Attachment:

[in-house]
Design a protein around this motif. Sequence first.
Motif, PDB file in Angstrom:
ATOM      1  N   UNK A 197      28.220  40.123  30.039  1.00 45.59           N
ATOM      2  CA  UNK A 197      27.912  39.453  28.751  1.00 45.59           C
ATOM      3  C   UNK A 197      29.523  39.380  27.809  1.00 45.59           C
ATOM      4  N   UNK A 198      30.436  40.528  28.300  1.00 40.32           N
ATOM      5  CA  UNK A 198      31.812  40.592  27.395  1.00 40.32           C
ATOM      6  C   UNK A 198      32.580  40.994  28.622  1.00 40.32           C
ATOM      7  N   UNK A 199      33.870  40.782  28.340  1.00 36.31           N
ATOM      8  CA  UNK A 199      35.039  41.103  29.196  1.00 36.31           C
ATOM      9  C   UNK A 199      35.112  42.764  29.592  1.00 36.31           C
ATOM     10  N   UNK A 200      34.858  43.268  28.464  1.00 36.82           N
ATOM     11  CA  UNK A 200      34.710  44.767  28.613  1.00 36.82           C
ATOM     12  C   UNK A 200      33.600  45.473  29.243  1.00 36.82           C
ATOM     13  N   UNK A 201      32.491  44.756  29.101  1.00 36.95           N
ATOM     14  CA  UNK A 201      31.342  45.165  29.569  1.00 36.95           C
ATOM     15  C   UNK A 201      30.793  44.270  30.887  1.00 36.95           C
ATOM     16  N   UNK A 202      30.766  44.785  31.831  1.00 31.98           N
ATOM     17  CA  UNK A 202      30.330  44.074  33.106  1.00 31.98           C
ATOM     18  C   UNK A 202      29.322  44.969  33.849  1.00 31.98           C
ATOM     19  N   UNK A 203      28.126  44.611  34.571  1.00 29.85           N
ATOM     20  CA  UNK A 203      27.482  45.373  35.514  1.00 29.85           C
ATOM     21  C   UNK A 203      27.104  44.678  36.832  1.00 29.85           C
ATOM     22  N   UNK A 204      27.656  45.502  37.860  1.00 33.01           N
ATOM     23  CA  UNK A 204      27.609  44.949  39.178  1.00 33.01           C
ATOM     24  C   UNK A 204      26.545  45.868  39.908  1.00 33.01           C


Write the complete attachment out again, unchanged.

[in-house]
Design a protein around this motif. Sequence first.
Motif, PDB file in Angstrom:
ATOM      1  N   UNK A 197      28.220  40.123  30.039  1.00 45.59           N
ATOM      2  CA  UNK A 197      27.912  39.453  28.751  1.00 45.59           C
ATOM      3  C   UNK A 197      29.523  39.380  27.809  1.00 45.59           C
ATOM      4  N   UNK A 198      30.436  40.528  28.300  1.00 40.32           N
ATOM      5  CA  UNK A 198      31.812  40.592  27.395  1.00 40.32           C
ATOM      6  C   UNK A 198      32.580  40.994  28.622  1.00 40.32           C
ATOM      7  N   UNK A 199      33.870  40.782  28.340  1.00 36.31           N
ATOM      8  CA  UNK A 199      35.039  41.103  29.196  1.00 36.31           C
ATOM      9  C   UNK A 199      35.112  42.764  29.592  1.00 36.31           C
ATOM     10  N   UNK A 200      34.858  43.268  28.464  1.00 36.82           N
ATOM     11  CA  UNK A 200      34.710  44.767  28.613  1.00 36.82           C
ATOM     12  C   UNK A 200      33.600  45.473  29.243  1.00 36.82           C
ATOM     13  N   UNK A 201      32.491  44.756  29.101  1.00 36.95           N
ATOM     14  CA  UNK A 201      31.342  45.165  29.569  1.00 36.95           C
ATOM     15  C   UNK A 201      30.793  44.270  30.887  1.00 36.95           C
ATOM     16  N   UNK A 202      30.766  44.785  31.831  1.00 31.98           N
ATOM     17  CA  UNK A 202      30.330  44.074  33.106  1.00 31.98           C
ATOM     18  C   UNK A 202      29.322  44.969  33.849  1.00 31.98           C
ATOM     19  N   UNK A 203      28.126  44.611  34.571  1.00 29.85           N
ATOM     20  CA  UNK A 203      27.482  45.373  35.514  1.00 29.85           C
ATOM     21  C   UNK A 203      27.104  44.678  36.832  1.00 29.85           C
ATOM     22  N   UNK A 204      27.656  45.502  37.860  1.00 33.01           N
ATOM     23  CA  UNK A 204      27.609  44.949  39.178  1.00 33.01           C
ATOM     24  C   UNK A 204      26.545  45.868  39.908  1.00 33.01           C